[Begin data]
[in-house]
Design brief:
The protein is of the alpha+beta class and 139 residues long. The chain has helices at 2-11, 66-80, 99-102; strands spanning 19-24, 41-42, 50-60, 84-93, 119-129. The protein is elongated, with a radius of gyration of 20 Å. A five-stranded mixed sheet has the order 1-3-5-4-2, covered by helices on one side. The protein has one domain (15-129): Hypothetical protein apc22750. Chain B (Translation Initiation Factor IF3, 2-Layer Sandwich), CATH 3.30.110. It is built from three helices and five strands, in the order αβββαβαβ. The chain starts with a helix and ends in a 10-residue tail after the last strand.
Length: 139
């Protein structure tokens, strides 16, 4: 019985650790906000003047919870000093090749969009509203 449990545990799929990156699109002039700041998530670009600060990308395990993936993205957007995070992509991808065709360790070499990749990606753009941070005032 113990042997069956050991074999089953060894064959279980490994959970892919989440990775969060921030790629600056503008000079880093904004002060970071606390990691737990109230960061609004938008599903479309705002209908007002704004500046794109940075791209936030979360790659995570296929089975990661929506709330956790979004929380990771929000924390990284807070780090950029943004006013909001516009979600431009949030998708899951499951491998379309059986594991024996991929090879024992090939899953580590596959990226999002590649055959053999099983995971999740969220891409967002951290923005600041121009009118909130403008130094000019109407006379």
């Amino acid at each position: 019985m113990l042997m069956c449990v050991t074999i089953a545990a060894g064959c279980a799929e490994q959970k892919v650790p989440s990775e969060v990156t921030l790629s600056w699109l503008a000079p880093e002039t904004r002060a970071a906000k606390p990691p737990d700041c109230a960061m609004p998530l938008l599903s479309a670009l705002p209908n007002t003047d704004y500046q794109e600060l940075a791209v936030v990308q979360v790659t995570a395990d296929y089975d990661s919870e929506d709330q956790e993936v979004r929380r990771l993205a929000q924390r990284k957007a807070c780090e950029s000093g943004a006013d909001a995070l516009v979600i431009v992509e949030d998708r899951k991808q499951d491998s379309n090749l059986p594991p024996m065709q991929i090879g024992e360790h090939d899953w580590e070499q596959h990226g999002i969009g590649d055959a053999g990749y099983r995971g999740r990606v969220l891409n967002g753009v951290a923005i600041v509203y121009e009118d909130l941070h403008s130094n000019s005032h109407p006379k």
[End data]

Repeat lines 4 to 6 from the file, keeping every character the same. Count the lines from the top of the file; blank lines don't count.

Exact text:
Length: 139
């Protein structure tokens, strides 16, 4: 019985650790906000003047919870000093090749969009509203 449990545990799929990156699109002039700041998530670009600060990308395990993936993205957007995070992509991808065709360790070499990749990606753009941070005032 113990042997069956050991074999089953060894064959279980490994959970892919989440990775969060921030790629600056503008000079880093904004002060970071606390990691737990109230960061609004938008599903479309705002209908007002704004500046794109940075791209936030979360790659995570296929089975990661929506709330956790979004929380990771929000924390990284807070780090950029943004006013909001516009979600431009949030998708899951499951491998379309059986594991024996991929090879024992090939899953580590596959990226999002590649055959053999099983995971999740969220891409967002951290923005600041121009009118909130403008130094000019109407006379």
């Amino acid at each position: 019985m113990l042997m069956c449990v050991t074999i089953a545990a060894g064959c279980a799929e490994q959970k892919v650790p989440s990775e969060v990156t921030l790629s600056w699109l503008a000079p880093e002039t904004r002060a970071a906000k606390p990691p737990d700041c109230a960061m609004p998530l938008l599903s479309a670009l705002p209908n007002t003047d704004y500046q794109e600060l940075a791209v936030v990308q979360v790659t995570a395990d296929y089975d990661s919870e929506d709330q956790e993936v979004r929380r990771l993205a929000q924390r990284k957007a807070c780090e950029s000093g943004a006013d909001a995070l516009v979600i431009v992509e949030d998708r899951k991808q499951d491998s379309n090749l059986p594991p024996m065709q991929i090879g024992e360790h090939d899953w580590e070499q596959h990226g999002i969009g590649d055959a053999g990749y099983r995971g999740r990606v969220l891409n967002g753009v951290a923005i600041v509203y121009e009118d909130l941070h403008s130094n000019s005032h109407p006379k």